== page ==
These days, it seems like we hear people talk about “freedom” and “individual rights” every day. But do we actually know what the word “freedom” really means? And what are rights?
The dictionary literally defines freedom as “the power or right to act, speak, or think as one wants without hindrance or restraint.” In other words, freedom implies that people are able to do things without having to ask for permission. An “individual right” is likewise a specific freedom a person is entitled to exercise without having to ask for permission.
There are two important things to keep in mind when it comes to rights and freedoms.
First, they generally don’t place a burden on anybody else to do something. Instead, they’re all about your ability to act without someone else getting in the way. For example, while the First Amendment protects the freedom of speech, that doesn’t guarantee anybody a platform. You can speak your mind on the news, but you aren’t entitled to a newspaper or a radio station publishing your viewpoints.
Second, they imply a duty of every person to responsibly exercise your rights. You cannot exercise your rights in a way that impinges upon somebody else’s rights. That is, your rights stop where they trample upon someone else’s rights. That’s why we have government and laws, to protect one person’s rights from being disrupted by somebody else. As James Madison once said, “Liberty may be endangered by the abuses of liberty as well as the abuses of power.”
Additionally, with personal freedom comes personal responsibility. Free people must always strive to act in a way that is moral and ethical. Just because you have can do something doesn’t mean you should do it. This is where cultural battles over morality and proper conduct become so important,
In a speech he gave in 1783, shortly after the end of the Revolutionary War, George Washington explained: “The establishment of Civil and Religious Liberty was the Motive which induced me to the Field – the object is attained – and it now remains to be my earnest wish and prayer, that the Citizens of the United States could make a wise and virtuous use of the blessings placed before them.” Notice those words, “wise” and “virtuous.” Freedom implies a responsibility that is prudent and moral.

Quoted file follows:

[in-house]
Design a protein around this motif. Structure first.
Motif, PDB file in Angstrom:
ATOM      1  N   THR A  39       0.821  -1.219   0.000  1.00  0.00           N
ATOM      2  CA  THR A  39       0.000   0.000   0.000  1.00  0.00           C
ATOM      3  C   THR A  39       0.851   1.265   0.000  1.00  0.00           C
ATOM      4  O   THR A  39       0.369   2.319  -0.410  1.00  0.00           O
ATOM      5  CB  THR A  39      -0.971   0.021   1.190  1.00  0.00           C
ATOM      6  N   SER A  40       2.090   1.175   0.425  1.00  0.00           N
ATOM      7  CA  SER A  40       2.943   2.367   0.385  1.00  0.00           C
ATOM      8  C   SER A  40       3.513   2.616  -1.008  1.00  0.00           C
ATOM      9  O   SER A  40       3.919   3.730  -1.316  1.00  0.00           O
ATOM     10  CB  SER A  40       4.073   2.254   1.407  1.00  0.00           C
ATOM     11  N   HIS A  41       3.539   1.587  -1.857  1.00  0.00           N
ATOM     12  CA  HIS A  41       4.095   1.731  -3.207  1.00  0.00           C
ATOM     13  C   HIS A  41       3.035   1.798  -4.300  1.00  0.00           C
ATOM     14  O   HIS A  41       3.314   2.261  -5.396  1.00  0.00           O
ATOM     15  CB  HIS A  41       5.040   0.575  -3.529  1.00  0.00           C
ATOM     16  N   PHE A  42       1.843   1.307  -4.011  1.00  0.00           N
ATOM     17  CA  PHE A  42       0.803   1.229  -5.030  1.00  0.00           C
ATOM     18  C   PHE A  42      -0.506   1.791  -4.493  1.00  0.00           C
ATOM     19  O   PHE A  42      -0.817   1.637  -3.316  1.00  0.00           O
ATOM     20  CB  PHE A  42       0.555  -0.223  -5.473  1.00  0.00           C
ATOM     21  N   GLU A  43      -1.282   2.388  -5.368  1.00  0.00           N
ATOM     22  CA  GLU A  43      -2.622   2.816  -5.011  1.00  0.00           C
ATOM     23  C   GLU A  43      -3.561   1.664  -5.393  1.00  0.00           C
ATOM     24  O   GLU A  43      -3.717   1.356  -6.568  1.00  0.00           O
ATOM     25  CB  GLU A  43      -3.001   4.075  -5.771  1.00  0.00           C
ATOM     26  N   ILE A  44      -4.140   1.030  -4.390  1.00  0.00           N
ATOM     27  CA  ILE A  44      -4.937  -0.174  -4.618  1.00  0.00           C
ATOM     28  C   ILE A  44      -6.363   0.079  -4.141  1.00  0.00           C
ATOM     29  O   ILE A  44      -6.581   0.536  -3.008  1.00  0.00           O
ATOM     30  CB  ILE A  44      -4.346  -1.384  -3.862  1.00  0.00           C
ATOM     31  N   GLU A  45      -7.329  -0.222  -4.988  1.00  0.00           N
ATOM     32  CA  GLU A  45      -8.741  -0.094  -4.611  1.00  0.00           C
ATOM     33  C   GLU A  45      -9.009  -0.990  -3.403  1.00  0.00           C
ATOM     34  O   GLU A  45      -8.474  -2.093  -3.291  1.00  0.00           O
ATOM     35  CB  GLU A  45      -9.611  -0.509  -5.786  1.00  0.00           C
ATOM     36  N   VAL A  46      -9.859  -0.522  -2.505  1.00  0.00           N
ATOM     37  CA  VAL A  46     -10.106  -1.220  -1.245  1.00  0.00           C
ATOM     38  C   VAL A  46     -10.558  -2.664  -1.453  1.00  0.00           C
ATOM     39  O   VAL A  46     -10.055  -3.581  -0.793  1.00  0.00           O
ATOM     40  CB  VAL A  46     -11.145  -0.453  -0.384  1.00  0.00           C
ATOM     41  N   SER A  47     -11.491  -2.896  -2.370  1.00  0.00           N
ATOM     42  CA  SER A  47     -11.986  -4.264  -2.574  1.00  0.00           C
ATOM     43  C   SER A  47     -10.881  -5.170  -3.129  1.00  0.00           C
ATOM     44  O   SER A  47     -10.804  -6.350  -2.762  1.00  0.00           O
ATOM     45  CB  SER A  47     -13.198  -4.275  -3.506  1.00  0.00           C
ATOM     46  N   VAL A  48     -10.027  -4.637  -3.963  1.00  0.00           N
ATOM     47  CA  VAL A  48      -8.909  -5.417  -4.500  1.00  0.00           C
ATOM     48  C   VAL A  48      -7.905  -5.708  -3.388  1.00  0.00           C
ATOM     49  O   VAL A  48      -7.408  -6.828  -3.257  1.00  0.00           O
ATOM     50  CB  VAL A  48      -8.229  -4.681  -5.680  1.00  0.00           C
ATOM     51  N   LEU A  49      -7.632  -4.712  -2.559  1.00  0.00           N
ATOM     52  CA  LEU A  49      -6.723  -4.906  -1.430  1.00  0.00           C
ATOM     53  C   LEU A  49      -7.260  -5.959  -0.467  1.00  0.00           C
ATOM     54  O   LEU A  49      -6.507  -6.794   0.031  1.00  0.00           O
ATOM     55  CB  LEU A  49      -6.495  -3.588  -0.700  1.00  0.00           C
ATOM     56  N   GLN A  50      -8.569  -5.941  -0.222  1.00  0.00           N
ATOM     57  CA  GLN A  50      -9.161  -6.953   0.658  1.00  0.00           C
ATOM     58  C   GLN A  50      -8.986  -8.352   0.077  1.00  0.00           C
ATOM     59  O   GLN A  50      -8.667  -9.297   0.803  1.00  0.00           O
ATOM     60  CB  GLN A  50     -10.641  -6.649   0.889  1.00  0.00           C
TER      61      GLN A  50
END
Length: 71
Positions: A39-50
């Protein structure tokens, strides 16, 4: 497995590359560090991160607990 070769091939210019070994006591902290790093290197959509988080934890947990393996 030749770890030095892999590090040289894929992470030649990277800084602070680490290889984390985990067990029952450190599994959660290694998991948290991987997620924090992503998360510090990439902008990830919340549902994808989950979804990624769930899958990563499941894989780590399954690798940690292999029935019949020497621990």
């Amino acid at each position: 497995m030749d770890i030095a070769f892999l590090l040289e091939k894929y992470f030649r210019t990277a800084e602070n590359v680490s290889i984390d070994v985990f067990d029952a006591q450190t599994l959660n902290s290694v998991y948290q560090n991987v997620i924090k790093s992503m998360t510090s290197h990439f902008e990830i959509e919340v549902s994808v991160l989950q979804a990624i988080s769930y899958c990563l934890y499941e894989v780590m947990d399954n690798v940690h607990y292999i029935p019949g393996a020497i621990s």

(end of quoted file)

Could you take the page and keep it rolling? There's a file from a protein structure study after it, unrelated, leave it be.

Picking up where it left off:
Today, people of conscience are facing increasing impediments to virtuously exercising their rights under the U.S. Constitution. Consider the push to force faith-based adoption providers to offer adoptions to same-sex couples or single-parent households, even if it is against their policies. In some cases, adoption agencies have been forced to shut down their programs because the government disapproves of their religious values.
One such case dealt with the New York-based nonprofit, New Hope Family Services. NY had targeted New Hope for insistence upon prioritizing children with homes led by a married mother and father. The state tried to force the agency to cease adoptions unless new Hope complied. New Hope and its attorneys at Alliance Defending Freedom sued in court.
In 2020, the U.S. District Court for the Northern District of New York ruled in favor of New Hope Family Services and approved Alliance Defending Freedom’s motion for a preliminary injunction to protect New Hope’s ability to continue servicing adoptions. While someone may disagree with New Hope’s religious convictions, they have the right to exercise their freedoms responsibly and in accordance with their faith.
The U.S. Supreme Court recently ruled in support of a similar foster care program operated by Catholic Social Services of Philadelphia. For religious reasons, their program disqualifies same-sex couples from being foster parents.
In his majority opinion, Chief Justice John Roberts wrote that the agency “seeks only an accommodation that will allow it to continue serving the children of Philadelphia in a manner consistent with its religious beliefs; it does not seek to impose those beliefs on anybody else.” He also affirmed that Catholic Social Services of Philadelphia have an extreme burden upon its right to “religious exercise by putting it to the choice of curtailing its mission or approving relationships inconsistent with its beliefs.”
In both instances – New Hope Family Services and Catholic Social Services of Philadelphia – these service agencies are exercising their rights in a way that abides religious conviction. Other adoption and foster care agencies are free to operate differently, but government is not allowed to violate their right to abide religious conscience and conviction by giving them an ultimatum to comply or shut down.
As Alliance Defending Freedom’s senior counsel Roger Brooks put it, “Government officials have no business forcing faith-based providers to choose between speaking messages about marriage that contradict their religious convictions and closing their doors.”